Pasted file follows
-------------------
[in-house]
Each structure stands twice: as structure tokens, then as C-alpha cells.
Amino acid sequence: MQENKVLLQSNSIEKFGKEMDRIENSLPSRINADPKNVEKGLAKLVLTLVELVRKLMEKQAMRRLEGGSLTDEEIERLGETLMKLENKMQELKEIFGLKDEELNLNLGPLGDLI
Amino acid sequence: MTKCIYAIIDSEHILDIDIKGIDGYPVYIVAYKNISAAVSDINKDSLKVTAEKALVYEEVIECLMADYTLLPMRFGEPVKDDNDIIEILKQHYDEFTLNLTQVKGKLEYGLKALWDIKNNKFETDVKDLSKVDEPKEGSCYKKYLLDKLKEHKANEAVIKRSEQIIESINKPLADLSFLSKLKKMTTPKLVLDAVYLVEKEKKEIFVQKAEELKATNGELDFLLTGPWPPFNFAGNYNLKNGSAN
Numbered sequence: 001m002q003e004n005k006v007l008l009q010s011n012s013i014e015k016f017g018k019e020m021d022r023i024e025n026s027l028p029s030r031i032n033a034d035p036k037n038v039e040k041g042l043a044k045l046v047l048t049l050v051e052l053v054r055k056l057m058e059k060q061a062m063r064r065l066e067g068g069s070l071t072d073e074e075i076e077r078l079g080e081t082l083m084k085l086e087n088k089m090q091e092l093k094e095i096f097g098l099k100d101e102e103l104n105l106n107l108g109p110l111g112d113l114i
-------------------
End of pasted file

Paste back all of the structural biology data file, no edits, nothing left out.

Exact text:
[in-house]
Each structure stands twice: as structure tokens, then as C-alpha cells.
Amino acid sequence: MQENKVLLQSNSIEKFGKEMDRIENSLPSRINADPKNVEKGLAKLVLTLVELVRKLMEKQAMRRLEGGSLTDEEIERLGETLMKLENKMQELKEIFGLKDEELNLNLGPLGDLI
Amino acid sequence: MTKCIYAIIDSEHILDIDIKGIDGYPVYIVAYKNISAAVSDINKDSLKVTAEKALVYEEVIECLMADYTLLPMRFGEPVKDDNDIIEILKQHYDEFTLNLTQVKGKLEYGLKALWDIKNNKFETDVKDLSKVDEPKEGSCYKKYLLDKLKEHKANEAVIKRSEQIIESINKPLADLSFLSKLKKMTTPKLVLDAVYLVEKEKKEIFVQKAEELKATNGELDFLLTGPWPPFNFAGNYNLKNGSAN
Numbered sequence: 001m002q003e004n005k006v007l008l009q010s011n012s013i014e015k016f017g018k019e020m021d022r023i024e025n026s027l028p029s030r031i032n033a034d035p036k037n038v039e040k041g042l043a044k045l046v047l048t049l050v051e052l053v054r055k056l057m058e059k060q061a062m063r064r065l066e067g068g069s070l071t072d073e074e075i076e077r078l079g080e081t082l083m084k085l086e087n088k089m090q091e092l093k094e095i096f097g098l099k100d101e102e103l104n105l106n107l108g109p110l111g112d113l114i